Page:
Certainly there are farms where animals do live comparably better lives--animals might be able to walk around, breathe fresh air, and not be taken away from their mothers at birth. However, we encourage people to prevent animal cruelty by reducing meat consumption instead of finding more humane sources. The industry knows that people care about animals and that no one is for animal cruelty, and correspondingly hijacks terms consumers look for like "cage-free," "free-range," "organic," "local," giving us an image of animals living a life of no cruelty and a lot of freedom. However, these terms are rarely regulated and the industry frequently uses them without them having any substance in practice.

If you look up what these terms actually mean, you will be surprised to learn that they mean very little. For instance, "free range" according to the USDA merely refers to having access to the outdoors, with little regulation regarding what the space looks like or the time spent outside. Compassionate consumers who don't want to support animal cruelty are duped into buying eggs from factory farms. The best way consumers can be sure they are not supporting animal cruelty is by choosing more healthy and delicious vegan food.

Would it be moral to eat animals that were truly raised "humanely"?

Darer: Many of us grew up with companion animals and know that dogs and cats experience joy, have fun playing, and can feel pain. We would be horrified if one day someone killed our childhood pet just to eat him or her. I know I would be if someone killed my dog Leo. There is really no meaningful difference in farm animals' capacity to suffer and feel pain. The only real difference between animals we call pets and animals we call food is our treatment of them.

Do more complex animals have more rights than less complex ones? Would it be moral to eat insects?

Darer: Certainly farmed animals have the right to not be exploited for food. Farmed animals have nervous systems, the ability to suffer, enjoy life and have fun. I think we can all agree that animals with legs should be able to walk and run but this is unfortunately denied to most farmed animals.

I'm not an expert on insect eating but I think it's funny that we would consider this option when we have so many delicious plant based foods; personally I would rather eat a veggie burrito than insects.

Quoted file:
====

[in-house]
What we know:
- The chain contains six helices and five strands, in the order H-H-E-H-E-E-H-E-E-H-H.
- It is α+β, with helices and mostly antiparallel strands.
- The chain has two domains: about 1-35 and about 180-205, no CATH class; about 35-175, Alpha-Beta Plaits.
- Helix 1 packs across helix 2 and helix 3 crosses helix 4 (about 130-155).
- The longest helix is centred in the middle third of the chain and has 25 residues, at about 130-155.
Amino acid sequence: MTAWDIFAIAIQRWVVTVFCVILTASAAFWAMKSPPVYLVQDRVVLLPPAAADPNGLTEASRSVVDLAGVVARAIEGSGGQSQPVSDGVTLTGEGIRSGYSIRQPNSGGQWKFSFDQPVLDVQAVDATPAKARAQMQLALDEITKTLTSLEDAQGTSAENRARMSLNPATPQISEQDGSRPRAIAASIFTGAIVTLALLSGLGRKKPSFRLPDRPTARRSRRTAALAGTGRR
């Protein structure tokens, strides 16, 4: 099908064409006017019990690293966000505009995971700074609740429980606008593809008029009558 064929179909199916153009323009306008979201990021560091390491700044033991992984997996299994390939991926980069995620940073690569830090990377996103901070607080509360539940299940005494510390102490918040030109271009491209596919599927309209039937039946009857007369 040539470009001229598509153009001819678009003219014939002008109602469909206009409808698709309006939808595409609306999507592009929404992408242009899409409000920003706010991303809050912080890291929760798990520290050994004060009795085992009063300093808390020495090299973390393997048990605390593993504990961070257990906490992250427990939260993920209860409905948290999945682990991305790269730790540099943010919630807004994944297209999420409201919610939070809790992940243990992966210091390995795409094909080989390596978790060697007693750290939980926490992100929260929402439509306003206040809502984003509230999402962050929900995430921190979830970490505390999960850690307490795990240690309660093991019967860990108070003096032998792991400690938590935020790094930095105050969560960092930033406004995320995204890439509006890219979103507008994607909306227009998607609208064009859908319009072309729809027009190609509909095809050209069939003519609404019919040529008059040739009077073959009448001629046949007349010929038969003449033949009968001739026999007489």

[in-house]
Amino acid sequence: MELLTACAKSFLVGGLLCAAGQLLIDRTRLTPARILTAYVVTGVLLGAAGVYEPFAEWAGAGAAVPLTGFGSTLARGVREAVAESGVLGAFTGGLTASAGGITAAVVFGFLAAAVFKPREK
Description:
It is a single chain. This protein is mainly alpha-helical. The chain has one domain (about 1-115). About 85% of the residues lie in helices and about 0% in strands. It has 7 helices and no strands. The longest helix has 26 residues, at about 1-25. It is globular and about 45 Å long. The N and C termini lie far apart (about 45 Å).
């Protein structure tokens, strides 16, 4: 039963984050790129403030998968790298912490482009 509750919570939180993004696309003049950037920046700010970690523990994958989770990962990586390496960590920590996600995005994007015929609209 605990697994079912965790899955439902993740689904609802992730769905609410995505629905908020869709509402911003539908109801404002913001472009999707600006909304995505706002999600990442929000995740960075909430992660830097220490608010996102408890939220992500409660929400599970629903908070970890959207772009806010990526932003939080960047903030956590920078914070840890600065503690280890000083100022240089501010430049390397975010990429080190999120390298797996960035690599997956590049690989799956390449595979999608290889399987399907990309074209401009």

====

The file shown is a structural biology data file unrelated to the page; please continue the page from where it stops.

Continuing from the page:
What do you think about futuristic technologies such as "brain-dead" chickens and lab meat as alternatives to traditional meat-eating?

Darer: [Brain-dead chickens] are an interesting idea. I don't know if this is a feasible possibility. I think what we should be doing is shifting away from the current factory farming process.

I am very supportive of technologies like in vitro lab meat companies--the main reason being that our bottom line is to reduce suffering for farmed animals. A burger grown from a few live cells from animals compared to a burger from a slaughtered animal would spare many animals unnecessary suffering. As technology improves, we also see more companies coming out with meat and dairy alternatives that mimic the taste and texture of animal based foods.

If we stop raising domesticated animals wouldn't that mean their numbers would be substantially reduced?

Darer: Certainly the population of farmed animals would look different in our country than it does now. As our society continues to eat fewer animals, the number of animals being bred for food and a miserable life on factory farms will decrease.

How do you respond to the argument that other animals eat animals so it is fine for humans to do so as well?

Darer: There is nothing natural about the way we're currently treating animals on farms. Nothing mimics what happens in the wild; chickens are bred to grow so large that many of them die before reaching slaughter. It is so unnatural. By the end of a chicken's life many can't walk or support their own body weight and many suffer from obesity-related illnesses. Broiler chickens, which are bred to grow quickly for their meat, are killed when they are 42 days old--they are essentially babies. Most chicken eaten in the US comes from baby chickens. There is a profit motive to get chicken to market weight as quickly as possible. I like to explain the reality of today's farming to people who say that [eating animals is natural] because most people simply don't know. I believe that people are inherently compassionate--they just don't know about factory farms.